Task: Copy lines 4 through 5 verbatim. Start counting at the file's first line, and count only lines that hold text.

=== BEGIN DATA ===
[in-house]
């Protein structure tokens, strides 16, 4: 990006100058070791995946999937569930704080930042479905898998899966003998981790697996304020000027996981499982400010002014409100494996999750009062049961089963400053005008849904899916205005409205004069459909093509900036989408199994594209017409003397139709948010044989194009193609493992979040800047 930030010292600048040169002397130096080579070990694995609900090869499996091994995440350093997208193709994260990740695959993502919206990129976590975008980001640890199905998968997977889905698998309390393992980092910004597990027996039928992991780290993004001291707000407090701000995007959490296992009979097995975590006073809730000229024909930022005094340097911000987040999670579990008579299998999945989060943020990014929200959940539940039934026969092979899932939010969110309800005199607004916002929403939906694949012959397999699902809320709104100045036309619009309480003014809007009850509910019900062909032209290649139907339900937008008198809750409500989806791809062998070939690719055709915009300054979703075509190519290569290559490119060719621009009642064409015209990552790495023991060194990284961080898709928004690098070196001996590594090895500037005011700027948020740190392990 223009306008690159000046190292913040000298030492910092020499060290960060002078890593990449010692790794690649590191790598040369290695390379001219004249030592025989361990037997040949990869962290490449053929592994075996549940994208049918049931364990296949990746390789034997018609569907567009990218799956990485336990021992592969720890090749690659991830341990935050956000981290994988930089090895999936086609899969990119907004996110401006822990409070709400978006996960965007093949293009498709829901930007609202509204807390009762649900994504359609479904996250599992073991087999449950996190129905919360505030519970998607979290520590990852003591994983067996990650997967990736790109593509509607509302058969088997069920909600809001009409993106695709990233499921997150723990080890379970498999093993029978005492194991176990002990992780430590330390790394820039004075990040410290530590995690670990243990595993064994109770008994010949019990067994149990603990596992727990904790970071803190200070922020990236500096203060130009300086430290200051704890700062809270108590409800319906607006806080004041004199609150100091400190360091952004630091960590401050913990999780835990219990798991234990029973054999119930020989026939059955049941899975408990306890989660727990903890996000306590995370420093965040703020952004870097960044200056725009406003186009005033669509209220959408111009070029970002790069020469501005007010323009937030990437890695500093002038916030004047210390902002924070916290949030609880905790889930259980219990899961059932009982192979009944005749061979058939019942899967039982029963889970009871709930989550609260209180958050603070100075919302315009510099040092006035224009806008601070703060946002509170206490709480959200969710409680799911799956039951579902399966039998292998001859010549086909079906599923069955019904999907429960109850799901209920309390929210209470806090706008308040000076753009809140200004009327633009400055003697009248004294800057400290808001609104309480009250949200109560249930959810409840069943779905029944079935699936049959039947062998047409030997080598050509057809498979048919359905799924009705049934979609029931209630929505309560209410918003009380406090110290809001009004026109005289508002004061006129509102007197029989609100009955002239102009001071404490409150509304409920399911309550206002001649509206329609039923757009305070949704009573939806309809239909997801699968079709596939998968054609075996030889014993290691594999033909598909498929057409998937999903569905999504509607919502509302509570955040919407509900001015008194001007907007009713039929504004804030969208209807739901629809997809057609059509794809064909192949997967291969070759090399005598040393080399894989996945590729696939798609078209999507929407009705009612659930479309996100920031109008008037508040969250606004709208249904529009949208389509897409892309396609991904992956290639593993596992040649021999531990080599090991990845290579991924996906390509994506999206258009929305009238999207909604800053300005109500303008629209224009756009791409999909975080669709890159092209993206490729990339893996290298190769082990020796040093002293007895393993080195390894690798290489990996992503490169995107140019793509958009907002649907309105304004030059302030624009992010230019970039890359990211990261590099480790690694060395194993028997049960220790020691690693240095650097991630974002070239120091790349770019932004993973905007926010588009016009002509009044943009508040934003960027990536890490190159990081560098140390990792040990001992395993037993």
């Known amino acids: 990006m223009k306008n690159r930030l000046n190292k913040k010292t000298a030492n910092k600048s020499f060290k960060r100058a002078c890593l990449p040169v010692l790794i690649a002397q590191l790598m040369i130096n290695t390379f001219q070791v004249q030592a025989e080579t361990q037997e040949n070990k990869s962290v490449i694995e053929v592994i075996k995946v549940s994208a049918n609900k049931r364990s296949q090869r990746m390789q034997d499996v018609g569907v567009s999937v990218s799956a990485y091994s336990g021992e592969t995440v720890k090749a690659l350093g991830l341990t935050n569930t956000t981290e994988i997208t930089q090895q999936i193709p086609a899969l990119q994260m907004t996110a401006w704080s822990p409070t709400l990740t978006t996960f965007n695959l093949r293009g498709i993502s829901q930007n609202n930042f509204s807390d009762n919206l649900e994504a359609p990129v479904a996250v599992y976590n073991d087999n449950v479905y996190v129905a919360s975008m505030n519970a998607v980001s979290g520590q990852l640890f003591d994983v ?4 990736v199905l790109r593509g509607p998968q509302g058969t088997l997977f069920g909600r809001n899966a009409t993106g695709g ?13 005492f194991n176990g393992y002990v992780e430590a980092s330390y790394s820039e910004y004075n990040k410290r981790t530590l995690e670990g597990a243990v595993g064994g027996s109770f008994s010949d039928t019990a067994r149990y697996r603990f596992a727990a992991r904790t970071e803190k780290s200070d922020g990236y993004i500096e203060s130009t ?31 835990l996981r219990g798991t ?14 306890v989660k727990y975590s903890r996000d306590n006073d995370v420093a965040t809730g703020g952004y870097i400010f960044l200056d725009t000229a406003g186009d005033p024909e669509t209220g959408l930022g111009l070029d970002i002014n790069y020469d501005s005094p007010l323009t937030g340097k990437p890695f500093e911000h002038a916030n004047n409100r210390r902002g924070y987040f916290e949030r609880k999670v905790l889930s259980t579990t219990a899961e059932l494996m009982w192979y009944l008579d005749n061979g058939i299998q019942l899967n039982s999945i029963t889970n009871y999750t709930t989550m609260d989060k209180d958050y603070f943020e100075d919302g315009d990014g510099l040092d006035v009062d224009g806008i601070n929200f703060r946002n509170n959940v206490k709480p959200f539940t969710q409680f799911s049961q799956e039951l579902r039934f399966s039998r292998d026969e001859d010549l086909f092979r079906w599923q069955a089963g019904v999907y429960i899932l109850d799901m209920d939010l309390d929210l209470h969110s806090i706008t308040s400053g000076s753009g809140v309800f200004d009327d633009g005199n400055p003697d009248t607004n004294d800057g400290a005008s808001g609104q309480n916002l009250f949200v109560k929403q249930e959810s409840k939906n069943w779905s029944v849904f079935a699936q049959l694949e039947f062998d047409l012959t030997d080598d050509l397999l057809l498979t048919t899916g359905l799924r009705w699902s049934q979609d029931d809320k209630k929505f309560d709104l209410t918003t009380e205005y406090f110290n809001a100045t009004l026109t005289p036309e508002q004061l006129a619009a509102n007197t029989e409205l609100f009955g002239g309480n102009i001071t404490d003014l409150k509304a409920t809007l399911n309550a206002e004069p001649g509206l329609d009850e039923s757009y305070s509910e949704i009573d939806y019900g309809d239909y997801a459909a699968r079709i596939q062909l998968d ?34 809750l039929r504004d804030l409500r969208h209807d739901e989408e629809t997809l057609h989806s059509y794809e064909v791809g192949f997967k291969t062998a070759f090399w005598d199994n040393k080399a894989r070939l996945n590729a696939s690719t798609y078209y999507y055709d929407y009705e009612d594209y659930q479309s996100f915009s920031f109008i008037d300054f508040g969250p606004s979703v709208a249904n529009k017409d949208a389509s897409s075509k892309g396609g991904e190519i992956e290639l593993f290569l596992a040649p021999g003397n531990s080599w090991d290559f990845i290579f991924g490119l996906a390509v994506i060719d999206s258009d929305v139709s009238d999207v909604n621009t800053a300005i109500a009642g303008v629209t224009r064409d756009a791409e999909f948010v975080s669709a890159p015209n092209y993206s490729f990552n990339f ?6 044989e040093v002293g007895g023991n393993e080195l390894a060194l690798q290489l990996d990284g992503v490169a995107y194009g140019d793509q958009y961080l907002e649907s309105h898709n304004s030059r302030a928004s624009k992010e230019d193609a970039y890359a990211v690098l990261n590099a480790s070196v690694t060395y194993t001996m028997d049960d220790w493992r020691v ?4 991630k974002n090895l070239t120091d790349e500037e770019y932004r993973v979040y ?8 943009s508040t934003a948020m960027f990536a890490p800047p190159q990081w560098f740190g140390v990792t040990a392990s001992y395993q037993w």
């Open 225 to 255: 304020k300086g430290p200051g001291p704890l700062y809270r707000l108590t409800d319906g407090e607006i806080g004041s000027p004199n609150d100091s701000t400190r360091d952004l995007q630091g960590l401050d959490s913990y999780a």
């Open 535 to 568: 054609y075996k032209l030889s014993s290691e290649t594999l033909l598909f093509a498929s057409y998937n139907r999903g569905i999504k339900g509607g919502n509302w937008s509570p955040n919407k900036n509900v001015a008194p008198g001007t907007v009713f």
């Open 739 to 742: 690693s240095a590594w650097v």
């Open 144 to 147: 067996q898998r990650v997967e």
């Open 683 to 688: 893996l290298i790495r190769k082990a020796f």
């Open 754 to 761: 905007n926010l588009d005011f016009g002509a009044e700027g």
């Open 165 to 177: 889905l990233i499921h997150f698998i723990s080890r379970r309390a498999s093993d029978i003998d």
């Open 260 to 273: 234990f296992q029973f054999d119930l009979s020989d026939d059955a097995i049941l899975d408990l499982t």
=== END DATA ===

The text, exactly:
């Open 225 to 255: 304020k300086g430290p200051g001291p704890l700062y809270r707000l108590t409800d319906g407090e607006i806080g004041s000027p004199n609150d100091s701000t400190r360091d952004l995007q630091g960590l401050d959490s913990y999780a």
């Open 535 to 568: 054609y075996k032209l030889s014993s290691e290649t594999l033909l598909f093509a498929s057409y998937n139907r999903g569905i999504k339900g509607g919502n509302w937008s509570p955040n919407k900036n509900v001015a008194p008198g001007t907007v009713f």